Let’s face it. Wherever we are, no matter what we do, life will always continue. When that time comes, you may be faced with the responsibility of settling a departed loved one’s legal affairs. If they have left you with a legitimate will, your jurisdiction would need it to provide evidence to distribute the assets lawfully and fairly.
Unfortunately for claimants, the administrator of a probate estate is unlikely to issue inheritances. The same applies to the trustee’s successor and other authorized agents. Before a property can be liquidated or established, it must first follow numerous procedures, including appraising assets and paying any taxes owed.
Collation of the Decedent’s Papers and Assets
Before the probate court assigns a personal representative or a beneficiary assuming control over all the inheritance, they must first collect and identify all documents and other crucial paperwork of the decedent. It could include their last will, memorial services, funeral arrangements, specifications, or revocable trusts.
Additionally, you need to collect vital paperwork, including reports on banks and brokers, inventory, investment records, and insurance policies. Consider acquiring debt information, such as mortgages, personal loans, credit cards, and medical expenses as well. If probate is required and presented to the court, the administrator will be legally appointed by the probate court.
Additionally, if the dead did not leave a will, a plea must be filed to initiate the probate process. On the other hand, if they left a living trust, the succeeding trustee could accept an appointment well without court proof.
Valuation of the Decedent’s Property
It is necessary to establish the total worth of the assets of the deceased. The majority of state probate courts demand the submission of a complete inventory of all properties possessed by the decedent and the accompanying valuations. This could include accounts, vehicles, shares and dividends, and even pets.
This process is significantly vital information for recipients. Should they choose to sell an asset, any tax on capital gains will be determined using these values. This is known as a stepped-up basis. Any capital gains would be calculated on the gap between the selling price and the cost paid by the deceased to acquire the item, which may be a significant amount higher.
After deducting the deceased’s unpaid loans, the total worth of their assets, including some gifts given to spouses, partners, or institutions, and estate administration fees, will determine whether the estate will be responsible for state or federal taxation.
Making Final Payments on the Decedent’s Liabilities
Prior to the probate estate closing and transferring the cash funds to claimants, fees must be paid to the deceased’s remaining debts, lenders, and ongoing administrative expenses. This process occurs following the valuation of the dead person’s property. Estate executors must notify all prospective deceased creditors whether they are familiar with them or not.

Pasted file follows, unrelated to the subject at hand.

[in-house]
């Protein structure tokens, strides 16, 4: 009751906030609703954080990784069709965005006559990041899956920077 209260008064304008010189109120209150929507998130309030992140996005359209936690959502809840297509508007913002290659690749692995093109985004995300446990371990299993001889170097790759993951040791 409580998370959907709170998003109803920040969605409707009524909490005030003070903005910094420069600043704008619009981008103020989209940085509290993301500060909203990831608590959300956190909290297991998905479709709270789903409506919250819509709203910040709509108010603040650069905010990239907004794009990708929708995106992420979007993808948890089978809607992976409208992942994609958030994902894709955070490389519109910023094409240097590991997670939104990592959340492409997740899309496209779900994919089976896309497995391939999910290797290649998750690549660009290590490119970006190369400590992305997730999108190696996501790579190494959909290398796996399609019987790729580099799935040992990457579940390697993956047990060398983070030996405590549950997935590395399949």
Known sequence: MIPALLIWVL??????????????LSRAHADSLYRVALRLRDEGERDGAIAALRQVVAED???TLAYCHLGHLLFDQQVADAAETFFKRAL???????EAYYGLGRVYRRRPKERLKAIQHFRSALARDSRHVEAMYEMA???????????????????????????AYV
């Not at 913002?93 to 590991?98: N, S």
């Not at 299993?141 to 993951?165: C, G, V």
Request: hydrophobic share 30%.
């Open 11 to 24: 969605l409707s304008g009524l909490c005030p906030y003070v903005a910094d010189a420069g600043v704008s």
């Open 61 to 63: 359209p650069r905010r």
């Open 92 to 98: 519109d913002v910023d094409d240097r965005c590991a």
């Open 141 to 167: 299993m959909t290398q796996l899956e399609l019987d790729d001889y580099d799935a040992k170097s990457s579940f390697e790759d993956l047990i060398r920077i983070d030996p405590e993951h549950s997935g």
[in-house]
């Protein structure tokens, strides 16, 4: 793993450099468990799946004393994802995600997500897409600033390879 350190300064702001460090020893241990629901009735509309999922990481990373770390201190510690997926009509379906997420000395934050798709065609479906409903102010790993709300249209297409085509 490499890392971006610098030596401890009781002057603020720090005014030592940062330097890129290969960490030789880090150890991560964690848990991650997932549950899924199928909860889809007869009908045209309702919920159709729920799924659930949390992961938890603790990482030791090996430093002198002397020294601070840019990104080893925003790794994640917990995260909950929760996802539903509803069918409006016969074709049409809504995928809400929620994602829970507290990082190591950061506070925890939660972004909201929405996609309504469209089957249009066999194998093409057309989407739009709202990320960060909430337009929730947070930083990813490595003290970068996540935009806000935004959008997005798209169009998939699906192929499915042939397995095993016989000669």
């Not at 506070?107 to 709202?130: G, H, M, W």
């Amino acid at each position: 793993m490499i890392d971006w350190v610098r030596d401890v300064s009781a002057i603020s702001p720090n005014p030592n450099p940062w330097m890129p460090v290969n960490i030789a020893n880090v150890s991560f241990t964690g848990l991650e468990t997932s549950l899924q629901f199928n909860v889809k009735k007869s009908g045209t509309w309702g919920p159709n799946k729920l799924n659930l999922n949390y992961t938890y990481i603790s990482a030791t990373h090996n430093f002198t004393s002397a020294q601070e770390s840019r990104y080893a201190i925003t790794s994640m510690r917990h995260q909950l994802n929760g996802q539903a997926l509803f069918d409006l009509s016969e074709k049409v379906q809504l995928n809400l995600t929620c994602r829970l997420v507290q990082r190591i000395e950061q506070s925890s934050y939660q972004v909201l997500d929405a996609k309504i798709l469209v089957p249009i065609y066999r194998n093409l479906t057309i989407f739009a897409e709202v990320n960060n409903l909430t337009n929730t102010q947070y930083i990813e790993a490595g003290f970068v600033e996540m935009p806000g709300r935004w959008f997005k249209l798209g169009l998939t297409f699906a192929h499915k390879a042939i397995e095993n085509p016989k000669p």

This step is usually accomplished by publishing a notice informing creditors of the death and advising them on how to file claims against the estate for money owing to them. After then, lenders have a certain amount of time to file claims. Depending on state legislation, the deadline may be somewhere between three to nine months, although it may run concurrently with the inventory period in other places.
The administrator is then given additional time to determine if the claims are genuine and whether claims are justified or not. Not honoring allegations may lead to a slew of court proceedings where the court will decide, all of which take a long time.
Distribute Any Remaining Funds to Beneficiaries
The estate distribution phase is the last in the procedure for a reason. This stage eliminates any potential accountability for outstanding fines and other debts owed to trustees. After the formal complaint is filed, the account’s assets are dispersed according to the provisions specified in the last will.
Note that problems with document verification at the initial court filing could cause the process to take longer or, worse, be postponed. Thus, consider enlisting assistance when serving legal papers or filing them safely and adequately. This step will save you more time and lessen the burden of the already taxing process.
The length of the settlement process is determined by the factors mentioned. It generally takes a shorter period to handle a minor estate or trust. However, a complex one could take a year or longer.
Note that you should only use your research for reference and informational purposes and should not be considered legal advice. It’s still best to consult with your legal team should your situation require special or specific attention.